|Year : 2015 | Volume
| Issue : 3 | Page : 243-245
Vascular injury after lumbar discectomy mimicking appendicitis: Report of a case
Hsiao-Yue Wee1, Che-Chuan Wang2, Jinn-Rung Kuo3
1 Department of Neurosurgery, Chi Mei Medical Center, Liouying, Taiwan
2 Department of Neurosurgery, Chi Mei Medical Center, YongKang, Taiwan
3 Department of Neurosurgery, Chi Mei Medical Center, YongKang; Department of Biotechnology, Southern Taiwan University of Science and Technology, Tainan, Taiwan
|Date of Web Publication||22-Jul-2015|
Department of Neurosurgery, Chi Mei Medical Center, No. 901 Chung.Hwa Road, Yung.Kang City, Tainan 710
Source of Support: Nil, Conflict of Interest: None declared.
Right lower quadrant pain after a lumbar discectomy is a rare condition. We report on a 29-year-old man who developed right lower quadrant pain 12 h after lumbar discectomy due to the formation and rupture of a right iliac artery pseudoaneurysm. The diagnostic laparoscopy was done under the impression of acute appendicitis but showed a retroperitoneal hematoma. An emergency abdominal computed tomography confirmed a right iliac artery pseudoaneurysm rupture. We performed a transarterial embolization with multiple metallic coils in the aneurysm cavity and connected the proximal and distal right internal iliac artery because his hemodynamics became progressively unstable. In this article, in addition to presenting the clinical course of an unusual case, we also wanted to emphasize that patients with right lower quadrant pain could be presenting an early sign of pseudoaneurysm formation and rupture after a lumbar discectomy.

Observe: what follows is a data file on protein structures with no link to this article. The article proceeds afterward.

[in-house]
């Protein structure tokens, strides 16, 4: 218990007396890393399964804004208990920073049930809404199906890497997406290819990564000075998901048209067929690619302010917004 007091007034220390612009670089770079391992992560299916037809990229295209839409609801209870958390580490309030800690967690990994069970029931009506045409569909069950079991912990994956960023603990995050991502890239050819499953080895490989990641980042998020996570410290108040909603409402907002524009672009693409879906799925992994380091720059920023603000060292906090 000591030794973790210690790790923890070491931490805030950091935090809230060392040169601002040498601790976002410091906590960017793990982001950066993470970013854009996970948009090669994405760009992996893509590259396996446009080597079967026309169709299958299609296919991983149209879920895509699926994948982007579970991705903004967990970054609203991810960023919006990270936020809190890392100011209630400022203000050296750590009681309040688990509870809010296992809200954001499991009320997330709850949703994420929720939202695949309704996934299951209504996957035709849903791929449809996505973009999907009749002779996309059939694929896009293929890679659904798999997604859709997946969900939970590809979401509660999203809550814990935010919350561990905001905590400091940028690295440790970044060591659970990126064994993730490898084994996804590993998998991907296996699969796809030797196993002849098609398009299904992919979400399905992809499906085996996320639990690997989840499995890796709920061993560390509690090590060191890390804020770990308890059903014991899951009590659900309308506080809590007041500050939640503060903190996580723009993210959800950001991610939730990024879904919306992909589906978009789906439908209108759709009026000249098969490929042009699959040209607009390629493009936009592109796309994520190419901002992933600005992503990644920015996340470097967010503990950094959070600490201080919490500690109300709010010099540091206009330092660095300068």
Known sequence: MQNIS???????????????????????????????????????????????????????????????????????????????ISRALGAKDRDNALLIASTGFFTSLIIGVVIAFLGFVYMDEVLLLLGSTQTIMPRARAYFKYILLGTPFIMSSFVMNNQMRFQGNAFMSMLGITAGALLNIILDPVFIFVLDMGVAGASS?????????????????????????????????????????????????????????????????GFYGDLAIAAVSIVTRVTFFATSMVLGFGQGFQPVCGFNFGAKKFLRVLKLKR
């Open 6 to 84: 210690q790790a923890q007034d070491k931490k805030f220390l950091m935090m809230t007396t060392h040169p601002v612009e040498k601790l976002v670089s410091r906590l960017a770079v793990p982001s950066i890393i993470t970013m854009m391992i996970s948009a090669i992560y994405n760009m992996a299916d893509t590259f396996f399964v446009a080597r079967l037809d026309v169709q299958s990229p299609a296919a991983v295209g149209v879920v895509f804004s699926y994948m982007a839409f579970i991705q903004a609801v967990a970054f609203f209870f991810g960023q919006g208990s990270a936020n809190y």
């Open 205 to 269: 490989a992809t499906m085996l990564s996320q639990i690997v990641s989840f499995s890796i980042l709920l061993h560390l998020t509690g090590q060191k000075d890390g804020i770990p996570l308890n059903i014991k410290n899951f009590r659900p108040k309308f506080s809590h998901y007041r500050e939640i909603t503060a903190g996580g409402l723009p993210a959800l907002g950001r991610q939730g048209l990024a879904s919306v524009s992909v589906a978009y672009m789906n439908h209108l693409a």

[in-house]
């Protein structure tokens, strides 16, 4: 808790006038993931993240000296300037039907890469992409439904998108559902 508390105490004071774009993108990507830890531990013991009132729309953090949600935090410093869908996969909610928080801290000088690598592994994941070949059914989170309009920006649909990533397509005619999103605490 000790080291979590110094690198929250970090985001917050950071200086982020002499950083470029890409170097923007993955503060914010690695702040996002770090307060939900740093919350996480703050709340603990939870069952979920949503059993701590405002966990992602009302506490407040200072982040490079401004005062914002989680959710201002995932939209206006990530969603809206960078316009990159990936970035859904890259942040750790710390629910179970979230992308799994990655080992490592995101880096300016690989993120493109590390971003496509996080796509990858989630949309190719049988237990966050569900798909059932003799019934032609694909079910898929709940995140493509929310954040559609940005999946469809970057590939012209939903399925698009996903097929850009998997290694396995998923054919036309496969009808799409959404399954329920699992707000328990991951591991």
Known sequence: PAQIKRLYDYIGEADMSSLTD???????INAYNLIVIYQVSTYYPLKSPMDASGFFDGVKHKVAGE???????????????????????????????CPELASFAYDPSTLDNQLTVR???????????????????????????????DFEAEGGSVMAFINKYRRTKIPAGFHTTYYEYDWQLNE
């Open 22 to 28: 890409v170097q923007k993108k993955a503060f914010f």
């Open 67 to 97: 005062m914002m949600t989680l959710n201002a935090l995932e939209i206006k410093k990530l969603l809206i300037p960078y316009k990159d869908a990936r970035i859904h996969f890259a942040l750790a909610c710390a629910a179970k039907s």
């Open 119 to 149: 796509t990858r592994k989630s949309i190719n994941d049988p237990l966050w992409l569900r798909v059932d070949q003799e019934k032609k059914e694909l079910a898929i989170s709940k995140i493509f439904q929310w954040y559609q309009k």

Keywords: Acute appendicitis, lumbar disectomy, pseudoaneurysm, transarterial embolization
|How to cite this article:|
Wee HY, Wang CC, Kuo JR. Vascular injury after lumbar discectomy mimicking appendicitis: Report of a case. Asian J Neurosurg 2015;10:243-5
| Introduction|| |
Lumbar disectomy is a common and relatively safe procedure in spinal surgery.
However, vascular injury is occasionally reported. Without prompt diagnosis, the prognosis is dismal, even fetal. Here, we report a patient with right lower quadrant pain that was caused by internal iliac artery injury after lumbar discectomy mimicking appendicitis.
| Case Report|| |